TARPON SPRINGS — Since the age of 6, Nicholas Souder has watched or participated in the creation of the coveted Epiphany cross.
Souder, now 24, watched as his grandfather, Bill Paskalakis, would take the block of oak or birch wood and carve the two pieces needed for the cross. Souder spent hours with Paskalakis sanding and filing the roughness out of the wood.
It was quality time for Souder and his grandfather, a Tarpon Springs High graduate and retired shop teacher at the school. They added the white paint and the decorative grooves along the edges of the cross.
Now, Souder is on his own, carving, sanding and painting the cross that will be thrown into the murky waters of Spring Bayou at the 105th Epiphany Celebration. After 40 years of making crosses, Paskalakis died in March. He was 74.
"I've seen him do the process so many times," Souder said. "I've helped him do every step of the process at least once. He was teaching me to carry it on when he wasn't around."
The blessing and throwing of the cross into the bayou is a main attraction of Epiphany, which celebrates the Baptism of Jesus Christ by John the Baptist in the River Jordan. This year, 78 boys will dive for the cross, which is supposed to bring a life of favor to the retriever.
Held Jan. 6, the Epiphany celebration brings thousands of Greek Orthodox Christians to Tarpon Springs.
"This Holy Event is not merely a yearly symbolic re-enactment but a 'real time' transformation of nature," said the Rev. Father Michael Eaccarino, dean of St. Nicholas Greek Orthodox Cathedral. "Therefore, we, here in the Tarpon Springs area, become recipients of the true metamorphosis of our environment. We are protected from above."
Souder understands and appreciates the importance of the cross to the celebration. In 2003 and 2004, he dived for the cross.
While he didn't retrieve it, he did win the divers' essay contest both years. That accomplishment made his grandfather, who also dived for the cross, extremely proud, he said.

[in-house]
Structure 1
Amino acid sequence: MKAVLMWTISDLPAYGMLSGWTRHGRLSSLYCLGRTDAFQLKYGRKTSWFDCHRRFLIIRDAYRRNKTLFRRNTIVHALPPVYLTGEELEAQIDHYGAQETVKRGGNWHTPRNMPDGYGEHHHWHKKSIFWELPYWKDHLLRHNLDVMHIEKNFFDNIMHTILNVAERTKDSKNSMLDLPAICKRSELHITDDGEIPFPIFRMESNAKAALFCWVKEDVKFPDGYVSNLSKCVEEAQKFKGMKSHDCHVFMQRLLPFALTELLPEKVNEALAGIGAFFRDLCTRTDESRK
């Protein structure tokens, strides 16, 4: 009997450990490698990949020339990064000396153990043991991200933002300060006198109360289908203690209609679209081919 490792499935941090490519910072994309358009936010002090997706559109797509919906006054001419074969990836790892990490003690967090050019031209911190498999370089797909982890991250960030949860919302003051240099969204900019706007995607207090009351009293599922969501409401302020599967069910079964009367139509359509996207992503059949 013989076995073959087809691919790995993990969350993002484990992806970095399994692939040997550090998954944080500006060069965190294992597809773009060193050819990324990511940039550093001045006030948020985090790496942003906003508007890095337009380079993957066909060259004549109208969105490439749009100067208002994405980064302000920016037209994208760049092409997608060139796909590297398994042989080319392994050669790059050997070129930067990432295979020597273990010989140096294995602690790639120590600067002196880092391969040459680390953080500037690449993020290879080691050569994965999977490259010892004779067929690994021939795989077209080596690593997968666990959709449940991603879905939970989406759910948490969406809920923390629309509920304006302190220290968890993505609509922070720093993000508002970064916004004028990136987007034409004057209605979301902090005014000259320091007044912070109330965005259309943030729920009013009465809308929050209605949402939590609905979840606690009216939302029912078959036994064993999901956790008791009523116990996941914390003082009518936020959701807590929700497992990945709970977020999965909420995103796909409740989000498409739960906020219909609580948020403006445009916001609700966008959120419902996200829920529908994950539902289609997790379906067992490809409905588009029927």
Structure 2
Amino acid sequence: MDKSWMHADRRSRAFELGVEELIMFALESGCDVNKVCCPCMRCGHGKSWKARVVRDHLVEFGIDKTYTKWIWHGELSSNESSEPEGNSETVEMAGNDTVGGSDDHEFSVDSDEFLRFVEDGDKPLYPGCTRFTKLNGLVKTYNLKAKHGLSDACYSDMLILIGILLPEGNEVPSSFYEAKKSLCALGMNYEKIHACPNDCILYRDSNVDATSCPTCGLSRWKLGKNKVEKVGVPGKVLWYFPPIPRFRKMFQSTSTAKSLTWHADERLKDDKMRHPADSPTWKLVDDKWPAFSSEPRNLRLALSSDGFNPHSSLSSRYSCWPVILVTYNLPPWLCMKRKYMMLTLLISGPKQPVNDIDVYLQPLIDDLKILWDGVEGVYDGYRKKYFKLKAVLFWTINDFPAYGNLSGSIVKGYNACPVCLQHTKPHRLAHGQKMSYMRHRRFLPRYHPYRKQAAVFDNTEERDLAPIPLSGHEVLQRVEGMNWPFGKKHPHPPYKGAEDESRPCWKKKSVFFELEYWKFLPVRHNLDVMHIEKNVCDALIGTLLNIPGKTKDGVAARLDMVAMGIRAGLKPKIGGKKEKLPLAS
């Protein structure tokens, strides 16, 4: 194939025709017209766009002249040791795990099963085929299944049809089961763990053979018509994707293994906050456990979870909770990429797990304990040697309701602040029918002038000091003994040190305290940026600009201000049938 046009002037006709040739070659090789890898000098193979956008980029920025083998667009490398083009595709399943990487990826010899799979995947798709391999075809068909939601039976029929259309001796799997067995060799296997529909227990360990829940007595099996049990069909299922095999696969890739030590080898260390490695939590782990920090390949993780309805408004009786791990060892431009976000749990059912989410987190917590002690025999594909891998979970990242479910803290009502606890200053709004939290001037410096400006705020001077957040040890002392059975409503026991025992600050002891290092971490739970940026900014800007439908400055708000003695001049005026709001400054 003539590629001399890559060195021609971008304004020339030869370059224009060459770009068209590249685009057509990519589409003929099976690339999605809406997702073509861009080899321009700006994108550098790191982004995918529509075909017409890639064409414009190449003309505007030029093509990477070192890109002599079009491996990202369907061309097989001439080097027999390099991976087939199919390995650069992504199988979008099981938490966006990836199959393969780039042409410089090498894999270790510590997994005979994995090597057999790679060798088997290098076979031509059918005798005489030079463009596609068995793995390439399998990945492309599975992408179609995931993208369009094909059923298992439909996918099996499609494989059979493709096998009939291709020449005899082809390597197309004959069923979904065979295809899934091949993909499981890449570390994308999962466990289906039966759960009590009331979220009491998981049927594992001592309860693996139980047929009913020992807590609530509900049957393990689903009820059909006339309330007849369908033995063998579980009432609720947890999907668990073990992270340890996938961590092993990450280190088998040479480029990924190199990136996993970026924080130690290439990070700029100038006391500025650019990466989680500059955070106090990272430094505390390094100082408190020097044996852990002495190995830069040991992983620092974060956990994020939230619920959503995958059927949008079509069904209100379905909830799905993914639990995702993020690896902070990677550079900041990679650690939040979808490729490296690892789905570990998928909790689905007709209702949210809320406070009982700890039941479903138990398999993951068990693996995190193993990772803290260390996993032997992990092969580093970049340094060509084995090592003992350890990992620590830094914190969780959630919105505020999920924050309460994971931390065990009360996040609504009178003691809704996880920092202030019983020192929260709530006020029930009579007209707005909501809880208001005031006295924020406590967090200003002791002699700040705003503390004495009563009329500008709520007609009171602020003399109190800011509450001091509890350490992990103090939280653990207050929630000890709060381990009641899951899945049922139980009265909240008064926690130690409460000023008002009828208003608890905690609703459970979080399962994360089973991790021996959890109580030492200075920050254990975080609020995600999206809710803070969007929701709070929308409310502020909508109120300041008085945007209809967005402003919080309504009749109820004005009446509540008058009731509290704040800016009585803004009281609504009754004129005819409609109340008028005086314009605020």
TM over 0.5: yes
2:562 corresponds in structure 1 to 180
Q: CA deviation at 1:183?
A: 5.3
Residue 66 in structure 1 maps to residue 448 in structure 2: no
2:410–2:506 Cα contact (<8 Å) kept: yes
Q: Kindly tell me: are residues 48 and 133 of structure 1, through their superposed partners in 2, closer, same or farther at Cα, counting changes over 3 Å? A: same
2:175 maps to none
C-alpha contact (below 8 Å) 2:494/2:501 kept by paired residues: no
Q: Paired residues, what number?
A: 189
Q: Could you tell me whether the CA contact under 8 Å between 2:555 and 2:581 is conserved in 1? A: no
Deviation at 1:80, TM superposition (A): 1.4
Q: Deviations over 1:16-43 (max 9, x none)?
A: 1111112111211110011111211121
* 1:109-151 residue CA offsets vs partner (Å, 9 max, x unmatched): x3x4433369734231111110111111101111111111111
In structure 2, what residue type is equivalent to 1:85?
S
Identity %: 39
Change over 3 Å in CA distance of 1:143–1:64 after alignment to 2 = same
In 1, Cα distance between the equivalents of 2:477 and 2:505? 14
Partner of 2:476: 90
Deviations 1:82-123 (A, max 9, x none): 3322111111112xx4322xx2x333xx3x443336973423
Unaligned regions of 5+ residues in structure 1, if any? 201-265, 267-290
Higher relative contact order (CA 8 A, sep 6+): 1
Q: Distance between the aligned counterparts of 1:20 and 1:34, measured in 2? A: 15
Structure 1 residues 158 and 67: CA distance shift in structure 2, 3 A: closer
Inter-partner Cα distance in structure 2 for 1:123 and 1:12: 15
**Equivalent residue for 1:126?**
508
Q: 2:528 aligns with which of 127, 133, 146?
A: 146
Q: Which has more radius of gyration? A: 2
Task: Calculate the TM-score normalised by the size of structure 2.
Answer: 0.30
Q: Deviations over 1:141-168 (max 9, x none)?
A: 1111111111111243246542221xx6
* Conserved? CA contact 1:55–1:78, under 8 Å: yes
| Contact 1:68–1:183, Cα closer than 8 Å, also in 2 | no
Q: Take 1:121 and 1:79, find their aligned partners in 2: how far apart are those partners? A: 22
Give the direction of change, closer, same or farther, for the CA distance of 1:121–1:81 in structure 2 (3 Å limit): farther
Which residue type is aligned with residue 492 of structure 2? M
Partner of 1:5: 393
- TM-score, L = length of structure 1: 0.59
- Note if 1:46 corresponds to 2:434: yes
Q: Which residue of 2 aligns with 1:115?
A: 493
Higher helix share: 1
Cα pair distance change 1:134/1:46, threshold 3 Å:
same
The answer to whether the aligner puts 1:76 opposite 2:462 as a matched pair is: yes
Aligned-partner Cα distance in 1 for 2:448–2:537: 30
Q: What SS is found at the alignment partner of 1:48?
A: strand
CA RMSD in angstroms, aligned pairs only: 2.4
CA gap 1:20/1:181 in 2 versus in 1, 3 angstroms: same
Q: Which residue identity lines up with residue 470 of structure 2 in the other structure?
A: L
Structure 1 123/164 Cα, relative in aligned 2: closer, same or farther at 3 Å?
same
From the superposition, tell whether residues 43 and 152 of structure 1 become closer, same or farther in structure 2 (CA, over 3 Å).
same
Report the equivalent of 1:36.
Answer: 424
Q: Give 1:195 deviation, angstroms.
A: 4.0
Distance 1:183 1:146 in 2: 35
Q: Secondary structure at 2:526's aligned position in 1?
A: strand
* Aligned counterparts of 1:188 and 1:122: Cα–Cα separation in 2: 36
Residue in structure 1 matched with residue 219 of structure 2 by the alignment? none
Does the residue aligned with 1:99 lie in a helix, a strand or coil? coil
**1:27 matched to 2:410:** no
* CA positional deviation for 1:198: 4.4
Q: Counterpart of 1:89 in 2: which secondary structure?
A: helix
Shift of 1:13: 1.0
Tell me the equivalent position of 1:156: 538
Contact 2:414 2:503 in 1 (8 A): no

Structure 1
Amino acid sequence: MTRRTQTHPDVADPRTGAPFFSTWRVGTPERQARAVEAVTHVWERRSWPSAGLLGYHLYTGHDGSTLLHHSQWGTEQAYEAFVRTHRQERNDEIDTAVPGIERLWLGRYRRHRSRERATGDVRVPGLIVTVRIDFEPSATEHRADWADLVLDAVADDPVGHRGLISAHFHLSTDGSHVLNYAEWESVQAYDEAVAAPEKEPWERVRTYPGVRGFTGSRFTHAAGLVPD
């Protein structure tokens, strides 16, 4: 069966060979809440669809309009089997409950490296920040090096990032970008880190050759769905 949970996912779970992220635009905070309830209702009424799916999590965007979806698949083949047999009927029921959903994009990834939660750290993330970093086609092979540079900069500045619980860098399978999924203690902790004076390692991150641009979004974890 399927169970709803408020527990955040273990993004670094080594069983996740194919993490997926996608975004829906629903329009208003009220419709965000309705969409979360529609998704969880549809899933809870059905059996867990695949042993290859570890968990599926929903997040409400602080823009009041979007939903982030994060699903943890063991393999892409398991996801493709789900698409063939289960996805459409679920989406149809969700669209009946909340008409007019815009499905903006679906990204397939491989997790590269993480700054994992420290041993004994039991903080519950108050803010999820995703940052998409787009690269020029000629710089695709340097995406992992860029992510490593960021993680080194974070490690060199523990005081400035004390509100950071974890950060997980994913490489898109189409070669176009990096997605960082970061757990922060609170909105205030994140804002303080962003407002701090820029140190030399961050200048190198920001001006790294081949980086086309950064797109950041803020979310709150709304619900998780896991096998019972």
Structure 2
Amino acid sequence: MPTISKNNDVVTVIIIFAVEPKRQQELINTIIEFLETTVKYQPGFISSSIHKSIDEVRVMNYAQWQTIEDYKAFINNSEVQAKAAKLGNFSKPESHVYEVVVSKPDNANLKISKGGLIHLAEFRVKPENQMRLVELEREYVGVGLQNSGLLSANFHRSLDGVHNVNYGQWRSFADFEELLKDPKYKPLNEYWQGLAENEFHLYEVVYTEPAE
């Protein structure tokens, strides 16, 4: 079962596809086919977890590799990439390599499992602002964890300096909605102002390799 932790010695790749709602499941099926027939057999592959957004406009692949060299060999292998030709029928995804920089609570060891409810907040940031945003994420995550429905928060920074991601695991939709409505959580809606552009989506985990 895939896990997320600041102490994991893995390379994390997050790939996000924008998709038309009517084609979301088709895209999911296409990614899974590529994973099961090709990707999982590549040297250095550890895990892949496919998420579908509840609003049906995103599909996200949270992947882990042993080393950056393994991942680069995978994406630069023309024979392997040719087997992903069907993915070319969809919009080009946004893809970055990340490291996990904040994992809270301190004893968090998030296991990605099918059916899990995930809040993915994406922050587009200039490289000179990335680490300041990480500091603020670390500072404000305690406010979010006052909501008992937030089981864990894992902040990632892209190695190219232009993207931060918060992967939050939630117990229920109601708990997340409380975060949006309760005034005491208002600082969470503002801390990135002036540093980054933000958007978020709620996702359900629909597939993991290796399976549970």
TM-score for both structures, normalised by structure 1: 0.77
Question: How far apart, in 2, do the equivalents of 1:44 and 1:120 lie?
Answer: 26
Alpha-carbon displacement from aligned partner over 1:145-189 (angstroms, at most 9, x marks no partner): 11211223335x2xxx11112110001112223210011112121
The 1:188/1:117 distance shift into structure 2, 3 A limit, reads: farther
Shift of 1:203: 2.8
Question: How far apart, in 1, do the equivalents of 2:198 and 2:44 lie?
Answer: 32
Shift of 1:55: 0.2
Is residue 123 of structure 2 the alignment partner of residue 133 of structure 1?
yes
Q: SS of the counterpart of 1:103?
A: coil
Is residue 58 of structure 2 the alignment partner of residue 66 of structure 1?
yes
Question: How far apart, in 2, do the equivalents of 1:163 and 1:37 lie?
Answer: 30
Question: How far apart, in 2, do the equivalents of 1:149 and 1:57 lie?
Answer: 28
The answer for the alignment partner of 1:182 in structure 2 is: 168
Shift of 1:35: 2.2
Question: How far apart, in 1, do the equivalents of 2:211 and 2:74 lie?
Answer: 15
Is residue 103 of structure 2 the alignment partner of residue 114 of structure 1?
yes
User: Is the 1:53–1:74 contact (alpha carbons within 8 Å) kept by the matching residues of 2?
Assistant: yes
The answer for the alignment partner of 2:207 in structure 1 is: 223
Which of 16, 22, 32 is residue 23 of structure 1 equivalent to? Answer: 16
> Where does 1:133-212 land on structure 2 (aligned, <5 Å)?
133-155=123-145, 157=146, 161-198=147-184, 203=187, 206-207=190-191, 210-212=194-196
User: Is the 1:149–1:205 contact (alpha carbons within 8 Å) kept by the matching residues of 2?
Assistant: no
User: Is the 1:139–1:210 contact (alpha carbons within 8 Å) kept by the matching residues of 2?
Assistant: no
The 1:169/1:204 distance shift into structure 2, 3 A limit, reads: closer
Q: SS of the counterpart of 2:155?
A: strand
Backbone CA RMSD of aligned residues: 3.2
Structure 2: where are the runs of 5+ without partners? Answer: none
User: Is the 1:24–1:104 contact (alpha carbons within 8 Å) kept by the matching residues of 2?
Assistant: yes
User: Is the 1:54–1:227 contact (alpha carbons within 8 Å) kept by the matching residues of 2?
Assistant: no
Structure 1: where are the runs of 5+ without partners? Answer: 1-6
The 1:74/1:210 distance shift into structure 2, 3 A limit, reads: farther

Souder graduated from Tarpon High in 2004. In 2009, he graduated from the University of South Florida with a music performance degree. A stellar percussionist, he now teaches and performs all over the country.
The cross for the 2011 Epiphany has been carved, and Souder is still using a file to get at some of the rough spots. He will then drill a half-inch hole down the cross' core and pour in lead so that it sinks when it hits the water. He also will rout the edges of the cross for a decorative effect.
Fighting the soreness in his hands and neck from bending over the cross that's secured in a vise grip, Souder will sand some more. He will add eight to 10 coats of white paint, then lettering, before putting on a clear coat.
The entire process can take several months. No two crosses are ever the same.
"It's a very detailed process, but I want to do the very best job I possibly can," Souder said. "It's an honor to make the cross, and I know it would make my grandfather proud. So it makes me proud to be doing it."
Two crosses are made each year. One year when the cross was thrown, no one could find it in the dark waters. In case that happens again, a second cross is waiting in the wings.
Elaine Sarris, Souder's mother, said it was always her father's plan for her son to continue the cross-making legacy.
"It's so special and it means so much, and that's what Dad always wanted," said Sarris, 49, a 1979 graduate of Tarpon Springs High. "Getting to make the cross all those years meant so much to him because he knew it would mean so much to the young man who got it."
Contact Demorris A. Lee at email@example.com or (727) 455-4174.